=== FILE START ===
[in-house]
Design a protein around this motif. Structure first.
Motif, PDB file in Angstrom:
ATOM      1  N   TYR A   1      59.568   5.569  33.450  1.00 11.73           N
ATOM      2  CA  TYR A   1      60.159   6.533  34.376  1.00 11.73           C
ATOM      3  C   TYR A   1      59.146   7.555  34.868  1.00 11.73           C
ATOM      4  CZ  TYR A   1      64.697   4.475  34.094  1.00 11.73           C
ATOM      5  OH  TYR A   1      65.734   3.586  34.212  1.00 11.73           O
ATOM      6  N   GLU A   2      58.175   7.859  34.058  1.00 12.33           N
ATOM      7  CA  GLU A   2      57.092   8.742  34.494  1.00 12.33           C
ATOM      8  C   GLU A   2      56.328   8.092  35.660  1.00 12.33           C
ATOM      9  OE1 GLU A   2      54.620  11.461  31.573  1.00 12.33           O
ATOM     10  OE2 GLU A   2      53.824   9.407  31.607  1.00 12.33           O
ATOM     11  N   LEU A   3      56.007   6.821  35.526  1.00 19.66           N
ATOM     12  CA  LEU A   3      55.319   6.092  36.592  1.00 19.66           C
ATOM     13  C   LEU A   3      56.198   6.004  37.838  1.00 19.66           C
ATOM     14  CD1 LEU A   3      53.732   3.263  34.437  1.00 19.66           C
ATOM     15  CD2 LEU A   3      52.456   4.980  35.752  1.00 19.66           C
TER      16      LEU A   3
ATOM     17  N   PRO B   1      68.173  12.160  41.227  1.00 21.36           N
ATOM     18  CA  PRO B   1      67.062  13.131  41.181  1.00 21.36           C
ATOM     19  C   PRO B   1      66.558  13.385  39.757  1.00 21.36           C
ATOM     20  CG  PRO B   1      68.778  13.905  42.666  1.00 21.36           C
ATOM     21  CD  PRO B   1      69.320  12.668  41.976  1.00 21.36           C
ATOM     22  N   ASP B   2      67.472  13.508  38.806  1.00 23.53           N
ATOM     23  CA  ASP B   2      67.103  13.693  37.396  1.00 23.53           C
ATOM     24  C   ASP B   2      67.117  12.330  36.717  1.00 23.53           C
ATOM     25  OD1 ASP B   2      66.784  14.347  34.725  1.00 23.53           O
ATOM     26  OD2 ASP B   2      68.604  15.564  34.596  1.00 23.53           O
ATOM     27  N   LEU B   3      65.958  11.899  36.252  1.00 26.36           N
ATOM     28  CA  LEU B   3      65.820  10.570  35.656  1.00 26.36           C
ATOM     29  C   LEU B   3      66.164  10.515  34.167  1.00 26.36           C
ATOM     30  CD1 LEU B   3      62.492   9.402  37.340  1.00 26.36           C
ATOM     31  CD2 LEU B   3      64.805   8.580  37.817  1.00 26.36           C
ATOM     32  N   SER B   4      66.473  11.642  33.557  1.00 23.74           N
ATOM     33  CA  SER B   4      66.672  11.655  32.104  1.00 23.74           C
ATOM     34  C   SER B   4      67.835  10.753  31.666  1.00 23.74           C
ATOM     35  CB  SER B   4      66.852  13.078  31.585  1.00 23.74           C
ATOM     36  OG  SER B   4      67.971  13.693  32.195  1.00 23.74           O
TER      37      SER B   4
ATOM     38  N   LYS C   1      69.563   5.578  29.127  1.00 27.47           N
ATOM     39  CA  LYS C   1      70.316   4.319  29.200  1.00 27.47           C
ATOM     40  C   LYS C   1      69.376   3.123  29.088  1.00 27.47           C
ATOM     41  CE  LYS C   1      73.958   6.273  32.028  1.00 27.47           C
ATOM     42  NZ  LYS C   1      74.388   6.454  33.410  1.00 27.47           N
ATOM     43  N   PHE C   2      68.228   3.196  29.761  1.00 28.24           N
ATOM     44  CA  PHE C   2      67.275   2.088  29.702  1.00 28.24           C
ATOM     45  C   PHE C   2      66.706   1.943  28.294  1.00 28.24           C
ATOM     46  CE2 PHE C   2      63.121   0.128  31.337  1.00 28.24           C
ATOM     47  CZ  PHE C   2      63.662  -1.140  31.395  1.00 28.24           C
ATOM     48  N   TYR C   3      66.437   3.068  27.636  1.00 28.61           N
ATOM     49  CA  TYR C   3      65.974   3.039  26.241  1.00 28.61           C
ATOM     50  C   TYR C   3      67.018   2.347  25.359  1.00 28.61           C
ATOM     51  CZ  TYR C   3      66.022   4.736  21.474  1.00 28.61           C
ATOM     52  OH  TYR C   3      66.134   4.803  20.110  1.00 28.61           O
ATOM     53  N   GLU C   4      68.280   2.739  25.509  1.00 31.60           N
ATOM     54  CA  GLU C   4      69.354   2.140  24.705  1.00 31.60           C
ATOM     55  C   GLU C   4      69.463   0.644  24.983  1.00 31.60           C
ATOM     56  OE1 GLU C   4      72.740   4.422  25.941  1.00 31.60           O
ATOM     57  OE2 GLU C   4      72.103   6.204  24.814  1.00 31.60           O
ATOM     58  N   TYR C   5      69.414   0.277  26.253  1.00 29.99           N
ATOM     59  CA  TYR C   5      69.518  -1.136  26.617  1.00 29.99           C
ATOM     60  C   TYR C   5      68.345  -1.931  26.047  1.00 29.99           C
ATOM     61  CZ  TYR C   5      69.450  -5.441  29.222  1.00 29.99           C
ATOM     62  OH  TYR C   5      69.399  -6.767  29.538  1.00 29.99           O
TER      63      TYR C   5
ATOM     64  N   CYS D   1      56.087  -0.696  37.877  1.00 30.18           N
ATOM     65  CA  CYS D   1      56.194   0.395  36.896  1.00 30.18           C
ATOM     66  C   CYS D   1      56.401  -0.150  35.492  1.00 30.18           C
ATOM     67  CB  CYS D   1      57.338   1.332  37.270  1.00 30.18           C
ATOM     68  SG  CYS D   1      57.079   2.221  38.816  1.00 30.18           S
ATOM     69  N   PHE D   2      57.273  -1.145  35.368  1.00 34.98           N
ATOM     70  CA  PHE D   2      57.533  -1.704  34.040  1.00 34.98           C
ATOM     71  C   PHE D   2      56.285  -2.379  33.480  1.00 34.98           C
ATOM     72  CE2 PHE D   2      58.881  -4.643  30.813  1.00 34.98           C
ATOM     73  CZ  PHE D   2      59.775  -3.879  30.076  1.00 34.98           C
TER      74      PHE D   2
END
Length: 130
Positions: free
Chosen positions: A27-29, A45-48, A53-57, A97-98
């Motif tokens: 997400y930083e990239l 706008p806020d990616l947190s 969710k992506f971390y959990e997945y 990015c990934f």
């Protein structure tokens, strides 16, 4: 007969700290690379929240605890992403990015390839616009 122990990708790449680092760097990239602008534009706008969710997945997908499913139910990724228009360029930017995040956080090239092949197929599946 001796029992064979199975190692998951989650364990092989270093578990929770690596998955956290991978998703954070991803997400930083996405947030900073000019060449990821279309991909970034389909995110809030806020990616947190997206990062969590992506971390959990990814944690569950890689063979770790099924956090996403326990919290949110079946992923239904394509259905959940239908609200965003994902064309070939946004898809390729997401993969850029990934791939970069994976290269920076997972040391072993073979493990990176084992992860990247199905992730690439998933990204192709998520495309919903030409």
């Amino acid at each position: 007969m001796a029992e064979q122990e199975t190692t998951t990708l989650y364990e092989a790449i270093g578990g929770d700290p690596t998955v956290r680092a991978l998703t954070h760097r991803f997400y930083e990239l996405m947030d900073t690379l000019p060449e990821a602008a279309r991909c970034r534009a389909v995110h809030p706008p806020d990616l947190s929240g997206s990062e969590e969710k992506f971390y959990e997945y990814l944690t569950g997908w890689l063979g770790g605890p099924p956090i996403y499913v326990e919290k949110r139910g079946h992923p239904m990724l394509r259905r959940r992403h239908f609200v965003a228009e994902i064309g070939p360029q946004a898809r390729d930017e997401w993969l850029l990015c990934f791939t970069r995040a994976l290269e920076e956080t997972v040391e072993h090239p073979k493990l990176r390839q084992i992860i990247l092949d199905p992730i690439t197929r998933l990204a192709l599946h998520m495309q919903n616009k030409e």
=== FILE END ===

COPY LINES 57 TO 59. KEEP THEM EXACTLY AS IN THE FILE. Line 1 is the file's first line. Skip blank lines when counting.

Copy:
ATOM     54  CA  GLU C   4      69.354   2.140  24.705  1.00 31.60           C
ATOM     55  C   GLU C   4      69.463   0.644  24.983  1.00 31.60           C
ATOM     56  OE1 GLU C   4      72.740   4.422  25.941  1.00 31.60           O